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Jason Bardi

The Calculus Wars

Calculus is a word that brings trepidation to many students , and they may wonder who is responsible for this branch of mathematics. In The Calculus wars Jason Bardi shows how two great thinkers claimed to have invented it. At first Newton and Leibniz were willing to grant that they invented the subject independently, and that each provided a useful part. But somehow, in their later lives, it turned nasty and each accused the other of plagiarism. Bardi is a skilled writer, putting together a interesting story from the historical data and I would recommend the book to anyone with an interest in the history of mathematics or more generally in how the modern approach to science came about.

Personally I would have liked to have seen more of the actual mathematics involved in the book. I can understand the avoidance of equations in a work written in a popular style, but my feeling is that the readership of this book is likely to be those who do not mind a bit of mathematics. Not only would this give more of a central thread to the book, it would also allow the readers to form their own judgement on the competing claims - did Leibniz do the hard work of making calculus into a useful subject, or was it all there in Newton's original work? info
Hardcover 288 pages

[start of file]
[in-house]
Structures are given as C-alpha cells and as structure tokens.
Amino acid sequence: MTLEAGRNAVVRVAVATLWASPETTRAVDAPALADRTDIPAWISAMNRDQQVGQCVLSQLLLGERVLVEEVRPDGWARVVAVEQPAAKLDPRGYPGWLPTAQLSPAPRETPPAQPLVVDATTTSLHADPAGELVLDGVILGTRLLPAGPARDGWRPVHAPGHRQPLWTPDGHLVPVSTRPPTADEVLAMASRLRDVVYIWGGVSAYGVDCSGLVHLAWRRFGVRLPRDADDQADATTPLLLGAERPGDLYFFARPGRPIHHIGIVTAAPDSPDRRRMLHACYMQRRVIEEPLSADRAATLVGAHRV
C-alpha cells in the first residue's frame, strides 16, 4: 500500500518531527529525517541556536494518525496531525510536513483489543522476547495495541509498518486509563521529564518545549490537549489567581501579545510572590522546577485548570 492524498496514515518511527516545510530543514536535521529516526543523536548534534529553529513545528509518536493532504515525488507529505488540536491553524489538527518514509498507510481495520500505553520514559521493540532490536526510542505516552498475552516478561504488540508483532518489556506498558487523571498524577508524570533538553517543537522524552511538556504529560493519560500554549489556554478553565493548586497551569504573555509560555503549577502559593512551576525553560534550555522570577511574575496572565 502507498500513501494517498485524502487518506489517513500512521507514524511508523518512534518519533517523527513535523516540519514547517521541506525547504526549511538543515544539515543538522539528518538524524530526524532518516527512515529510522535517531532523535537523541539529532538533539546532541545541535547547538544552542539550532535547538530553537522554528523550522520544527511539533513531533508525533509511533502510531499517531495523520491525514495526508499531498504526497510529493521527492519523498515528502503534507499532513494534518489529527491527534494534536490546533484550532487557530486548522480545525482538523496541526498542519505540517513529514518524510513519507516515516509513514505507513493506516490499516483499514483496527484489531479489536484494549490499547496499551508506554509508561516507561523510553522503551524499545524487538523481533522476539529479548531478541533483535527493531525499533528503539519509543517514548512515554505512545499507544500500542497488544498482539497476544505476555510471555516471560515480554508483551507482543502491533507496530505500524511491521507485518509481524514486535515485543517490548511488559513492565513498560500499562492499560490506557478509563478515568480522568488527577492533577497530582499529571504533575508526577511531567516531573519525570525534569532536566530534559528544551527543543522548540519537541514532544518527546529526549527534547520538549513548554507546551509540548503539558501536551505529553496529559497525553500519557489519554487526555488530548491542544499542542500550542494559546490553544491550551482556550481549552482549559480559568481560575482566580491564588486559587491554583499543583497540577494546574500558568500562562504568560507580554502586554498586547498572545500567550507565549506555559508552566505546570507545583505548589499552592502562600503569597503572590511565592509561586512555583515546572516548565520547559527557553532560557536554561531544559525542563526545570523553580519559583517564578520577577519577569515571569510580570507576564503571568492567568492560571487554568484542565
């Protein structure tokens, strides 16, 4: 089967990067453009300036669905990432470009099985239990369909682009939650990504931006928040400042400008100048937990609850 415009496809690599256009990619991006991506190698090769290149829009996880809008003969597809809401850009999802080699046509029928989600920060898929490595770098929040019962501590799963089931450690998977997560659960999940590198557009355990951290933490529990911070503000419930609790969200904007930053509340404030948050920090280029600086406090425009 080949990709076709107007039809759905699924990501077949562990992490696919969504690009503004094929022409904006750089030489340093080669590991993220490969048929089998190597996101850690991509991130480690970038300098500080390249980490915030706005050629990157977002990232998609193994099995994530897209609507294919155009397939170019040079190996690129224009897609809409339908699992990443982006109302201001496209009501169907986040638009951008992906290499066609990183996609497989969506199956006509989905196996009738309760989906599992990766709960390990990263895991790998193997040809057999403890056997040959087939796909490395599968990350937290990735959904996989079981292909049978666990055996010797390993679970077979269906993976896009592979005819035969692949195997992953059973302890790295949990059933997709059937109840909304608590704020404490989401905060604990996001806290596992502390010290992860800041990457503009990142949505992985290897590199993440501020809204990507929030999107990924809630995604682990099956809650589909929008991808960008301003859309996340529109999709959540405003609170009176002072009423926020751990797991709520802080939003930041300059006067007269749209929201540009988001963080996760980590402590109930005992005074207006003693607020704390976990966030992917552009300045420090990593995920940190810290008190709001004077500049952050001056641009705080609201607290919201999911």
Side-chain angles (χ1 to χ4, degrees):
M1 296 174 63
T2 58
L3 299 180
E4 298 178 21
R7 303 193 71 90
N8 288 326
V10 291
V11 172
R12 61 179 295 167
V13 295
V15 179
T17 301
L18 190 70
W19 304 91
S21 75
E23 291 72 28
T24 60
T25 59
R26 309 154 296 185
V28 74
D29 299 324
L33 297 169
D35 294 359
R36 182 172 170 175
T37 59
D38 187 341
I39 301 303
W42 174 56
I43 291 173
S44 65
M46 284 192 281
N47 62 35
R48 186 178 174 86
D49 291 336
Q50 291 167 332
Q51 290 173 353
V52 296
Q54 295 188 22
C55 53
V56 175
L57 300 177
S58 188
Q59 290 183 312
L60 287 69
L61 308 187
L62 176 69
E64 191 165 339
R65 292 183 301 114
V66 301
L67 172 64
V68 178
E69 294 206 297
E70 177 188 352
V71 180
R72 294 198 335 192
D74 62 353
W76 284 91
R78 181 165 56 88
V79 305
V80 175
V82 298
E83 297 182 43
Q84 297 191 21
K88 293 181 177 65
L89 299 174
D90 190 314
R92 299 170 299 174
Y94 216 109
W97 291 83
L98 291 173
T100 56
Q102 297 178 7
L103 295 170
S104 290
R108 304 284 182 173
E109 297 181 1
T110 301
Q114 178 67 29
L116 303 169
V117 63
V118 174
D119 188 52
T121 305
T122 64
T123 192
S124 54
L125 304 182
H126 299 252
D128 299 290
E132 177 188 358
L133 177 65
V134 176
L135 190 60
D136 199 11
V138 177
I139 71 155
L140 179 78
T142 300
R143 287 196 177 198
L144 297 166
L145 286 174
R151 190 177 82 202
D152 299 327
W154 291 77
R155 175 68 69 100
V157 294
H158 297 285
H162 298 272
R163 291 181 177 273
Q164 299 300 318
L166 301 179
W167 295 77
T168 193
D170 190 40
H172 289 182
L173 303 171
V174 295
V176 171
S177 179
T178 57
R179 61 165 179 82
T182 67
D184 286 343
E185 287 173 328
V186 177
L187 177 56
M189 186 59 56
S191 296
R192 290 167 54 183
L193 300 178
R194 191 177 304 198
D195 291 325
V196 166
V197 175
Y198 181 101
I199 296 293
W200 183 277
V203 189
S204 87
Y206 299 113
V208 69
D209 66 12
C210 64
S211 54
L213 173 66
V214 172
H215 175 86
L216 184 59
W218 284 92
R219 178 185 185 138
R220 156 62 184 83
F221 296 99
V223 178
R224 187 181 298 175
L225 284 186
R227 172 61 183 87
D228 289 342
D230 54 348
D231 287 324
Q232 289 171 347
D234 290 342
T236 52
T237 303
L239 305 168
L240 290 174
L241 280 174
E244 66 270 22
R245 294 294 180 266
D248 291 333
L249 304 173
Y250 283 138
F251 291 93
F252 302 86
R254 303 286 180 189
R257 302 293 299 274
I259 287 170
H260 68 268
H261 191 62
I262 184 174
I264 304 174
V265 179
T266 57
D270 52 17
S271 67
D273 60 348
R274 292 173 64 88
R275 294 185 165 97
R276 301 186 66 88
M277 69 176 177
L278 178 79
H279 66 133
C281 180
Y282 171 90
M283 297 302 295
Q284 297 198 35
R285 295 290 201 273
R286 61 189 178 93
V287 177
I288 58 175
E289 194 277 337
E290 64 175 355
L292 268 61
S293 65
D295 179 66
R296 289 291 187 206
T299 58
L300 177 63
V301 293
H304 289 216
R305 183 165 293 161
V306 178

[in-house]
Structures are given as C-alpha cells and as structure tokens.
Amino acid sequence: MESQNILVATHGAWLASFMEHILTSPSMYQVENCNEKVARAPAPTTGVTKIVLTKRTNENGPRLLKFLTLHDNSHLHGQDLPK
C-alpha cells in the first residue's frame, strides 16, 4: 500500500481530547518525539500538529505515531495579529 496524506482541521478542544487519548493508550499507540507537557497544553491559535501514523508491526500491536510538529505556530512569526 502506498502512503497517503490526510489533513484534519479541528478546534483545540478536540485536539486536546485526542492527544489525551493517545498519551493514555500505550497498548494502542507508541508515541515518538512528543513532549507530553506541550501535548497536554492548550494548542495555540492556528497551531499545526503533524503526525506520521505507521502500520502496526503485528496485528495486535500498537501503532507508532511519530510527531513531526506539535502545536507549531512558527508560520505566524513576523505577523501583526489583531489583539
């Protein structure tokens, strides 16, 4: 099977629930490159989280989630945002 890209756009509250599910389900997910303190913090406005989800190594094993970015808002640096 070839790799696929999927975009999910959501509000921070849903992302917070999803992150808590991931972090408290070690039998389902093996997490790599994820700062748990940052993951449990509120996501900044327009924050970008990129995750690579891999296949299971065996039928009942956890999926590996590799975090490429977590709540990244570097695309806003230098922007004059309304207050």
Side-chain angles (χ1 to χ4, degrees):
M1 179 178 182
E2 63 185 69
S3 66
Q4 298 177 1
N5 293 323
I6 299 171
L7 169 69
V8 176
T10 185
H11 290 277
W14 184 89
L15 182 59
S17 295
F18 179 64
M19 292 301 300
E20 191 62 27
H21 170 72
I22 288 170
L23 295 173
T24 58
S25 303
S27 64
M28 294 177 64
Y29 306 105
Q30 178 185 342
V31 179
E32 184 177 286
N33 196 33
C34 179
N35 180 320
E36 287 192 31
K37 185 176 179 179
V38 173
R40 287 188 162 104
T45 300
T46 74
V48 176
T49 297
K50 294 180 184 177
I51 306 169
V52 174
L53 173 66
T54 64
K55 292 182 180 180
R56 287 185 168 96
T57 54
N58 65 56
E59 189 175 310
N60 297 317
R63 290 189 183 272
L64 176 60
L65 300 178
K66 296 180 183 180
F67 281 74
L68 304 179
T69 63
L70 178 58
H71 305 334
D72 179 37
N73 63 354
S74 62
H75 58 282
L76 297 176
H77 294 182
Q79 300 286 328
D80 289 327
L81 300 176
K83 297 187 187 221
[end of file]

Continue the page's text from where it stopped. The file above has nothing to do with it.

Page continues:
ISBN: 1560257067
Salesrank: 1841311
Published: 2006 Thunder's Mouth Press
Marketplace:New from $8.00:Used from $3.98
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Hardcover 288 pages  
ISBN: 184344030X
Salesrank: 2951849
Weight:1.1 lbs
Published: 2006 High Stakes Publishing
Marketplace:New from £14.99:Used from £1.90
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Hardcover 288 pages  
ISBN: 1560257067
Salesrank: 1289806
Weight:1.01 lbs
Published: 2006 Basic Books
Marketplace:New from CDN$ 24.64:Used from CDN$ 1.53
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Product Description
Now regarded as the bane of many college students’ existence, calculus was one of the most important mathematical innovations of the seventeenth century. But a dispute over its discovery sewed the seeds of discontent between two of the greatest scientific giants of all time — Sir Isaac Newton and Gottfried Wilhelm Leibniz.

Today Newton and Leibniz are generally considered the twin independent inventors of calculus, and they are both credited with giving mathematics its greatest push forward since the time of the Greeks. Had they known each other under different circumstances, they might have been friends. But in their own lifetimes, the joint glory of calculus was not enough for either and each declared war against the other, openly and in secret.

This long and bitter dispute has been swept under the carpet by historians — perhaps because it reveals Newton and Leibniz in their worst light — but The Calculus Wars tells the full story in narrative form for the first time. This vibrant and gripping scientific potboiler ultimately exposes how these twin mathematical giants were brilliant, proud, at times mad and, in the end, completely human.